Welcome to Wherever You Are
How INXS can help you to become a resilient organisation that can effectively manage the Human and Organisational Factors arising from the COVID-19 Pandemic
The COVID-19 pandemic has caused many organisations to find themselves in a totally different situation when compared to their normal operations. Even organisations that continued operating at pre-pandemic levels are doing so in a very different environment. Many organisations have changed substantially and sadly some have gone. As the roll-out of the vaccine allows us to plan for a return to a more normal life, we need to consider how the connections between organisations have changed, how the system overall has changed and how we cope with the resulting unpredictability in the system.
If you are involved in safety management in any organisation, whether it’s an airline, airport or another field, it is likely that you have many different problems to solve right now. The Together4Safety Air Ops community was created to provide a bank of resources that would save time and effort for those working in safety. Meaning, we created possible solutions to problems that you are facing, which you can put into practice without having to do as much background work.
Harness the spirit of INXS, “Welcome to wherever you are” as an organisation and use this knowledge to orientate your safety efforts.
Make sure to check out the follow-up articles below that support this main article.
- Reduced staffing.
- Changes to work as done without changes to procedures.
- Communicating between organisations.
- Dealing with unpredictable events.
Dealing with human and organisational factors as well as the operational ones
So far, most of our articles and guidance material have been about operational safety topics. It is highly likely that you are dealing with many human and organisational challenges – challenges that are not easy to understand and even harder to resolve. In this article, we will start by considering the different situations that organisations find themselves in – it is important to first think about the situation your organisation finds itself in now, when compared with where you were before the crisis.
We will then help you to consider what this means in terms of maintaining a high level of safety during the crisis, and how you can use the principles of change management to identify the actions that you should be taking. We then finish with some examples of different human and organisational factors that you should be considering, and, by way of a follow-up, a series of articles will be released in the coming weeks addressing these topics in greater detail.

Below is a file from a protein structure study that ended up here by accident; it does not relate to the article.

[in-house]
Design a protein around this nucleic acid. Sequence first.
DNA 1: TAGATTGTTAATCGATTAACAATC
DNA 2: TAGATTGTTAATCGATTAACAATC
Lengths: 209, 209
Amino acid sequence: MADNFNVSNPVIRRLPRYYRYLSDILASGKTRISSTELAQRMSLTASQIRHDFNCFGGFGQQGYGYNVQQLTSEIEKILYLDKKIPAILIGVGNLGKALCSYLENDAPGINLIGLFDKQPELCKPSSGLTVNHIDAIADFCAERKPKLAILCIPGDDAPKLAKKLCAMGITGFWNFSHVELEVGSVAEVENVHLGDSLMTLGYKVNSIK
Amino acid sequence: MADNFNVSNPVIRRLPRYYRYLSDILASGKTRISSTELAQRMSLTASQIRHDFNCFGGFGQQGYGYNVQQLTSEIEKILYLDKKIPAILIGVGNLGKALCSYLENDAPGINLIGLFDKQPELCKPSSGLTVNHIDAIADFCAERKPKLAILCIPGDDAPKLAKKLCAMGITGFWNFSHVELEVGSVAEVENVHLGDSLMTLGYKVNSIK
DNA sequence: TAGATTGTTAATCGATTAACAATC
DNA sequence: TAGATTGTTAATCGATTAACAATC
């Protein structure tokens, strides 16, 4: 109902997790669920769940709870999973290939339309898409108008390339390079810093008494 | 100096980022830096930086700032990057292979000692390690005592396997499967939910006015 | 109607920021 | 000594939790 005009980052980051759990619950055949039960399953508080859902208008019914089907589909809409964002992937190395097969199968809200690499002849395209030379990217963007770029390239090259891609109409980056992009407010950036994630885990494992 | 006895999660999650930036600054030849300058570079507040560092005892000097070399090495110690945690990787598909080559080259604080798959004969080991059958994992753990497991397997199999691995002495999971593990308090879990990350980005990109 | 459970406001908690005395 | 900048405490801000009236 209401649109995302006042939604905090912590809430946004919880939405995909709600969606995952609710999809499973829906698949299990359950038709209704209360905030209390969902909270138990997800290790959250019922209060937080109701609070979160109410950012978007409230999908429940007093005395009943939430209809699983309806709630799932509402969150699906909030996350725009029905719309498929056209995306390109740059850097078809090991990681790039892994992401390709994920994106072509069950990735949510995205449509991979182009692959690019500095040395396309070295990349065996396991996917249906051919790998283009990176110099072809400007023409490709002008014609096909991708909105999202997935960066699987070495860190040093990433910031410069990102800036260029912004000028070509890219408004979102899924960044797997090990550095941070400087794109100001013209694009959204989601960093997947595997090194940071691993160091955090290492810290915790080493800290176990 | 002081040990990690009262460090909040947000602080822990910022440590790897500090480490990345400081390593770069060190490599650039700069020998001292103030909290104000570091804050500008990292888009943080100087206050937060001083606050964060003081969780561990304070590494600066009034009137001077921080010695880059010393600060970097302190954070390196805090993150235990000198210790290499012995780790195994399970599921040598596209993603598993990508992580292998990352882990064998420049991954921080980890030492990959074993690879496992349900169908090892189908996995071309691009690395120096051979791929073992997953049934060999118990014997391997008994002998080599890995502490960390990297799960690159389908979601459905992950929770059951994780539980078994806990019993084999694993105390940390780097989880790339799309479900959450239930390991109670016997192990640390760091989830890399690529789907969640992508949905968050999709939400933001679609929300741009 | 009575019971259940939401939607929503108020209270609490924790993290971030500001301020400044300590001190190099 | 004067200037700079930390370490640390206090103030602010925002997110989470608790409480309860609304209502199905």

Let’s get started….
Launching a recovery from very different starting points
One of the key features of the pandemic is that we are all dealing with very different situations. At one end of the scale, some of you will be working in organisations that have significantly reduced your operations and are faced with how to effectively restart a very complex operation. At the other end of the scale, some of you involved in cargo or HEMS have faced increased activity throughout the duration of the pandemic.
Most of you will be somewhere on the scale between these two points. It is useful to take a moment to consider where you are within this spectrum and what that means to the way you manage safety during the recovery phase. In the intervening period, staff may have been furloughed, became unemployed, while some organisations have significantly reduced their size. While aviation is a complex system, it is vital that we appreciate that the system existing today is not the same complex system that existed prior to February 2020 – It too has been forever changed by COVID-19.
As the prospect of a viable vaccine and recovery comes nearer and we plan the eventual return to normal operating levels, we must plot a path that enables us to understand what has changed and how this affects the way that we manage safety. At the start of June 2020, EASA published the review of safety issues arising from the COVID-19 pandemic, also found that restarting a complex system is in itself a safety issue.
The consequences of the rapid reduction in traffic and eventual recovery of traffic levels put us in a new situation that most of us will never have experienced. Even if your organisation has not changed so much, the wider aviation system in which it operates is very different from the one that existed at the start of 2020. How we deal with this new normal is our key challenge now.
It is likely that you won’t be able to predict how the situation in your organisation or the wider system will evolve in the coming months. However, the change management principles of safety management, as laid out in ORO.GEN.200, provide a great framework to help you cope with what lies ahead. Of course, you are not alone on this journey. The pandemic has highlighted the importance of collaboration and Together4Safety works with regulators and industry to provide information, guidance and support to help you in these challenging times.
The importance of change management in your SMS?